A patent application filing date is very important for several reasons. First, if this is your first patent application for your invention, it will serve as your priority date. When a patent examiner examines the patentability of your invention, the patent examiner will decide whether a reference should be considered prior art based on your priority date. With constantly evolving technologies, such as software, mobile apps, or mobile devices, an earlier priority date can mean less prior art, and higher chances of getting approved for a patent.
Priority dates also dictate when patent applications will be published. Generally, utility applications are published 18 months from the earliest priority date. Provisional and design patent applications do not get published. Priority dates further set certain deadlines or events involved in obtaining international patent protection. For instance, the date when the search report is done and when to enter national stage or get a patent application examined by a country’s office patent office is generally based on the priority date.
Perhaps, one of the most important reasons why you should be concerned about a patent filing date is when you have a bar date. Say for instance you offered your invention for sale or you publicly disclosed your invention at a trade show, that event sets your 1 year clock to file a patent application. If you don’t file your application before that clock expires, your invention will be barred from becoming a patent. If you filed a patent application on the 1 year anniversary of the barring disclosure and the US Patent and Trademark Office rightfully refuses to grant you a filing date, your invention may never be patented no matter how hard you worked in trying to make the deadline.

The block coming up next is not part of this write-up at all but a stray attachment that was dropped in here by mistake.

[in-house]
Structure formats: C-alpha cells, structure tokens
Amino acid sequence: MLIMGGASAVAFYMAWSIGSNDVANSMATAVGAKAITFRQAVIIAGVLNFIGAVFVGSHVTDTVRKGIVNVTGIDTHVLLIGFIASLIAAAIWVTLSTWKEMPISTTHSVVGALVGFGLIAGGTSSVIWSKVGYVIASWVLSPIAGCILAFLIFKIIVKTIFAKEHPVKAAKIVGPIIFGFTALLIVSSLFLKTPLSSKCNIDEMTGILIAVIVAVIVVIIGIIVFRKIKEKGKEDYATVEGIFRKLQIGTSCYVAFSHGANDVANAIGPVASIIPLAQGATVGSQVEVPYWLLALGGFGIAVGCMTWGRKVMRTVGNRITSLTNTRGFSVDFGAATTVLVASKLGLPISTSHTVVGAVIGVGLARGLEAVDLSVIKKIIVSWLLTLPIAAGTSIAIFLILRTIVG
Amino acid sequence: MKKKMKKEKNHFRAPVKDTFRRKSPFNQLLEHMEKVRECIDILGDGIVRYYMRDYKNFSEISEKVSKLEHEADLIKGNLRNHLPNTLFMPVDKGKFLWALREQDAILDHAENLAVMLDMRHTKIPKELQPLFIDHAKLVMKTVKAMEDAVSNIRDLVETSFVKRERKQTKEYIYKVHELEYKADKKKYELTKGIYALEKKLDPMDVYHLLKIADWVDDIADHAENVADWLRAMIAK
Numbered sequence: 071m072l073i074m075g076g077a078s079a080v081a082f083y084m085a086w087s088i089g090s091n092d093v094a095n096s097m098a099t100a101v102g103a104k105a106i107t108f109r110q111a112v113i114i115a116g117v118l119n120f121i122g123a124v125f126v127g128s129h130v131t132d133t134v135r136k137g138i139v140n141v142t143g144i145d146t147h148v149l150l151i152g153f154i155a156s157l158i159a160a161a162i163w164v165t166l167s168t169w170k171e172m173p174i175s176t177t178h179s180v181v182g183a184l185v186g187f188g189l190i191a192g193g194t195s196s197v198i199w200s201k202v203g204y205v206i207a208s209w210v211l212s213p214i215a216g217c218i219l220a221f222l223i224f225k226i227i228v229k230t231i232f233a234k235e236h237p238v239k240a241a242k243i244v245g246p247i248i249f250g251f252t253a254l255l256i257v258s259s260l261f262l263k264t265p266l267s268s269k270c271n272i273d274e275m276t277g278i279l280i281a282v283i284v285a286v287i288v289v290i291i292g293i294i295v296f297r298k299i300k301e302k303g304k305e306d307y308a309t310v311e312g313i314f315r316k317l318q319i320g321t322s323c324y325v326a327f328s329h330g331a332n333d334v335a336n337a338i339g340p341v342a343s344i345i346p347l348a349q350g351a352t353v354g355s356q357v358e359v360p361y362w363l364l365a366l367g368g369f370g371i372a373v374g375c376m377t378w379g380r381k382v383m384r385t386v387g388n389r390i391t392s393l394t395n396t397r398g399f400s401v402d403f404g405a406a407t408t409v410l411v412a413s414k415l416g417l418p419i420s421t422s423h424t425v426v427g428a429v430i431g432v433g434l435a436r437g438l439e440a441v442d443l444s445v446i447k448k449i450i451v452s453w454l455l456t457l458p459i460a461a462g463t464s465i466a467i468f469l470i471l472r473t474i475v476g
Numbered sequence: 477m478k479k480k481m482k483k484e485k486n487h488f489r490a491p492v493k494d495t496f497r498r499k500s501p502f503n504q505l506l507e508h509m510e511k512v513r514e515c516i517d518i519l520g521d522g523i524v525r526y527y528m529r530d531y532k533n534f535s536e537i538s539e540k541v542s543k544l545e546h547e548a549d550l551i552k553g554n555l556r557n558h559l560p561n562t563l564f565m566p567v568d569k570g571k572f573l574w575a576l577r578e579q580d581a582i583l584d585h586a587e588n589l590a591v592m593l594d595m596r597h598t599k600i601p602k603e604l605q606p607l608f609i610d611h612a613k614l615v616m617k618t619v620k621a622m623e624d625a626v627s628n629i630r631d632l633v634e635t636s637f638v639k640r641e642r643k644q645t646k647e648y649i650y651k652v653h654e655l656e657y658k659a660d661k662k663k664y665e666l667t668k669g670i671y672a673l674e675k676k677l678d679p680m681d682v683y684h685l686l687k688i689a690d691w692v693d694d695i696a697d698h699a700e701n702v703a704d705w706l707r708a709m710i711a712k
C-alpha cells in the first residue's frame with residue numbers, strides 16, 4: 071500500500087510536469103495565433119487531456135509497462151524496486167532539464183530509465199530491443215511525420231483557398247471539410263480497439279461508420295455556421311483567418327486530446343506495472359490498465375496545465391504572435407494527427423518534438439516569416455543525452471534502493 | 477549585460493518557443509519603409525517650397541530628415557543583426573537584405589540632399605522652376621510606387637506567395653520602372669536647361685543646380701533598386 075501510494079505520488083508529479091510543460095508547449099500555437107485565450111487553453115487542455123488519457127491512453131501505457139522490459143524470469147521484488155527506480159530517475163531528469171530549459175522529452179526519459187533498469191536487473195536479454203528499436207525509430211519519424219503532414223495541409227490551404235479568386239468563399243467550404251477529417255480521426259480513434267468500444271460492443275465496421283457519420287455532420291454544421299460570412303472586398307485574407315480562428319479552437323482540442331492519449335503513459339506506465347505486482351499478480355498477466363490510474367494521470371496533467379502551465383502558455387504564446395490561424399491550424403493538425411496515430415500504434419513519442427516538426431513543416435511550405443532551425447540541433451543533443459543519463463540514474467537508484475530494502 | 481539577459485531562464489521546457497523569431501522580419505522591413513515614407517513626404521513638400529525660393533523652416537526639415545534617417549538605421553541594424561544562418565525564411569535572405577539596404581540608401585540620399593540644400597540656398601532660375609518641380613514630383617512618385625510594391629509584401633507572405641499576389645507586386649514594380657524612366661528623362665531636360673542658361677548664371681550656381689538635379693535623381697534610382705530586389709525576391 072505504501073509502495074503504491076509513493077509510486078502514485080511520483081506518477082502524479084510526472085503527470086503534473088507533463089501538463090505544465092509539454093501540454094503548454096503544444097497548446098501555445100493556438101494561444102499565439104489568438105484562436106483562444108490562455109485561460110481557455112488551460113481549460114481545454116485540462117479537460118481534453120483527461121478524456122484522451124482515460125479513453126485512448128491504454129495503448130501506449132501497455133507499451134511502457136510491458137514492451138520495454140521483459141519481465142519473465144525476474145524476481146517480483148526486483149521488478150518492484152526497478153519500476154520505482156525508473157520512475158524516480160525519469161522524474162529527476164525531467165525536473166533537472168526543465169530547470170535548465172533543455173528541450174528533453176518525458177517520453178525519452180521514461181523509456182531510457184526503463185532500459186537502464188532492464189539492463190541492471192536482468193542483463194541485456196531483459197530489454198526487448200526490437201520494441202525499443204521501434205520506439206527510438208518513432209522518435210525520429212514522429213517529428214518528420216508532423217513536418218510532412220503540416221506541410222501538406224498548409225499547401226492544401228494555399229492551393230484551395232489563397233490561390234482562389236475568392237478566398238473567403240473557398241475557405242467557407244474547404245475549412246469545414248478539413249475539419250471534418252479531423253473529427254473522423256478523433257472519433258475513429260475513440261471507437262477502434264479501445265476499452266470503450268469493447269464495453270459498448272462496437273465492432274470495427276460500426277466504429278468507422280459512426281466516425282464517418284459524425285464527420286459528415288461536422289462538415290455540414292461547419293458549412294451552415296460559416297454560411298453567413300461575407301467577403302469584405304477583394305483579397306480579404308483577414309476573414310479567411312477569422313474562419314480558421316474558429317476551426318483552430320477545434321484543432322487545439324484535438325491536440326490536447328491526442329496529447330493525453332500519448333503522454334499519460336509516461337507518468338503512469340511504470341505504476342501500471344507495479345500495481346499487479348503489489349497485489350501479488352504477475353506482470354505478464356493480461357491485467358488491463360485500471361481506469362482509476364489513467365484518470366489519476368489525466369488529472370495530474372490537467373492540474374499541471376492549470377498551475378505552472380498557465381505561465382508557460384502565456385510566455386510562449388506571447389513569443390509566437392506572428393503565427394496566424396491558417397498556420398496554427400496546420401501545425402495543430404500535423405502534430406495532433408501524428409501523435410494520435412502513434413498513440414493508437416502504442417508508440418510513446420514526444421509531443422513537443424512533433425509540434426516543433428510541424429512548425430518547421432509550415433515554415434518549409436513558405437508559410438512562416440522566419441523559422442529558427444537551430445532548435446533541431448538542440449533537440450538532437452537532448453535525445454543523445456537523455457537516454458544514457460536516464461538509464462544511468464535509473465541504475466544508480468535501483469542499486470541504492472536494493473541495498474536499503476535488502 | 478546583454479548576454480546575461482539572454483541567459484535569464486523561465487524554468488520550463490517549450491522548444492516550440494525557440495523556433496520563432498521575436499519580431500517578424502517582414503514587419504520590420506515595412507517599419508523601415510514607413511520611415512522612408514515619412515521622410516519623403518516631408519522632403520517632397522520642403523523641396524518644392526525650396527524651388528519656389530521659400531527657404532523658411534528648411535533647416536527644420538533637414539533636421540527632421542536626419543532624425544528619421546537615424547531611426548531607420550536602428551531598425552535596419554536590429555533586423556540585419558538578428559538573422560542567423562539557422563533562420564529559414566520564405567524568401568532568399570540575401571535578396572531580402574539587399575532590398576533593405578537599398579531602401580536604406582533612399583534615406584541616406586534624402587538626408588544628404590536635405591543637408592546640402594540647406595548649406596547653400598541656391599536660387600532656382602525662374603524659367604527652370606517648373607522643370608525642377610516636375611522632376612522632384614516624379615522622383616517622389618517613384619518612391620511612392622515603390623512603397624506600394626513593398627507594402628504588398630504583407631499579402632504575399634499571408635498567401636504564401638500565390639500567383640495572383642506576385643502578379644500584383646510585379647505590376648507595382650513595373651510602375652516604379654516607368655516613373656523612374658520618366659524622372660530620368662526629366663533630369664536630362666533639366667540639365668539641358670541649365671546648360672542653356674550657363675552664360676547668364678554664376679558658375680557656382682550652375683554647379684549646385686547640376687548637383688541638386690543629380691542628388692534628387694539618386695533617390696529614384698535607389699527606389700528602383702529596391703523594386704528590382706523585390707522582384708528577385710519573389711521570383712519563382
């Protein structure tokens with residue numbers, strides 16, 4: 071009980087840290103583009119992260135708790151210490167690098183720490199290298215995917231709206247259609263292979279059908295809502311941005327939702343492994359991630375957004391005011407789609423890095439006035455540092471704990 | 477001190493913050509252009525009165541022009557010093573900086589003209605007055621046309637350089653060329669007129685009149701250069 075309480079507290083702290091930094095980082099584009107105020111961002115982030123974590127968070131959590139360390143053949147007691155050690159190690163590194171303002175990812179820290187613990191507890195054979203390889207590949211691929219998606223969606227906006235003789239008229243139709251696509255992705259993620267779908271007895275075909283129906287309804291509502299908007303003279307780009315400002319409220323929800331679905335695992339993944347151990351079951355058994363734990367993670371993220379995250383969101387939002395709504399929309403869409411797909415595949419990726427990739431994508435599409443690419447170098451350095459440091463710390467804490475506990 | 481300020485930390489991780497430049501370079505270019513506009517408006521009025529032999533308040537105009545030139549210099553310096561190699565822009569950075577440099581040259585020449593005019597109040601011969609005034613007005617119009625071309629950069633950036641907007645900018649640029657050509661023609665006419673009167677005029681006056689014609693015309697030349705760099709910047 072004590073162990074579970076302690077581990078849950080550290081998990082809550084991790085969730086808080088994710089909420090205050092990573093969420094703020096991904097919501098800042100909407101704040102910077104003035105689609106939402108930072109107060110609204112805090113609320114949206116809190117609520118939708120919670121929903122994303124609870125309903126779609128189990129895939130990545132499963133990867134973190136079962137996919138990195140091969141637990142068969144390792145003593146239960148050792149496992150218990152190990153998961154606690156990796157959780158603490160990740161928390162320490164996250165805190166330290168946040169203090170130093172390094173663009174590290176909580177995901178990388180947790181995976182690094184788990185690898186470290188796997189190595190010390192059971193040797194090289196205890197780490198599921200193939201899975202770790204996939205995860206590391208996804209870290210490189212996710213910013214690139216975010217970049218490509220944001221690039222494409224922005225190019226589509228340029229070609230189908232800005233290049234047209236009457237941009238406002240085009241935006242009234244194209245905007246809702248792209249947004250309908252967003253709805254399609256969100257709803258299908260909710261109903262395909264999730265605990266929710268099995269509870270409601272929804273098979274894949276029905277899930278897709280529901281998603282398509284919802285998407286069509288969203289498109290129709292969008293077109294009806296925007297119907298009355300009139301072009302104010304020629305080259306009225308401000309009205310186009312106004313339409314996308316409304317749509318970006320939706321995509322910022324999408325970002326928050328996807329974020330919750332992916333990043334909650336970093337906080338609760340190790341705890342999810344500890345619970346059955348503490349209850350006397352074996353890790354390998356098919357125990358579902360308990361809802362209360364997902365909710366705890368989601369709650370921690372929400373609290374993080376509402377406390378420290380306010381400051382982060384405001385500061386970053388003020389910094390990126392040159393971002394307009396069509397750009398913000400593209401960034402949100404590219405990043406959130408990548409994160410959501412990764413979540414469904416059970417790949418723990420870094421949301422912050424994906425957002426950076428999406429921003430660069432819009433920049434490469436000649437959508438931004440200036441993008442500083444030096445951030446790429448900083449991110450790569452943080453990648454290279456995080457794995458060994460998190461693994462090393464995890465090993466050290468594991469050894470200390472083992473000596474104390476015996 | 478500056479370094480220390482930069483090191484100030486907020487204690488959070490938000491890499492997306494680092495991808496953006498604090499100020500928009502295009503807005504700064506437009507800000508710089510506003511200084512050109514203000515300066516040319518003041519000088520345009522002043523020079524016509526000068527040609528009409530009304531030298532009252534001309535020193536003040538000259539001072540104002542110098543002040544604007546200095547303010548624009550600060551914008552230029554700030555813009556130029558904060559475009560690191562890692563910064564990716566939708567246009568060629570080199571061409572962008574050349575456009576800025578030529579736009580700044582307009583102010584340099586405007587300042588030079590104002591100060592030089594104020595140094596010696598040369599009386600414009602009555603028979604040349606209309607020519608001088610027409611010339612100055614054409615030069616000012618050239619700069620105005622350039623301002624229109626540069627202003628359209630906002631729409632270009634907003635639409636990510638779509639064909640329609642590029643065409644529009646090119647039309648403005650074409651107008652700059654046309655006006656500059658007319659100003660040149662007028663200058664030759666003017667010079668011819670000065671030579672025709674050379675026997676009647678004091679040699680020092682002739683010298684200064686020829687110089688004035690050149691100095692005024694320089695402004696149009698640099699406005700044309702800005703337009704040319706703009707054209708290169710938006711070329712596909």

There are several situations when the USPTO will refuse to grant a serial number and a filing date. For instance, if your provisional or utility application fails to meet the requirements of 35 USC § 112, you will not get a filing date. 35 USC § 112 requires that your disclosure, which is usually through your specification and drawings, enables a person skilled in the art to make and use your invention without undue experimentation. Other situations that may cause you not to receive a filing date includes failing to include a filing fee or failing to include at least one claim for a utility application. For a provisional application, a filing date may not be given if your filing does not include the required cover sheet.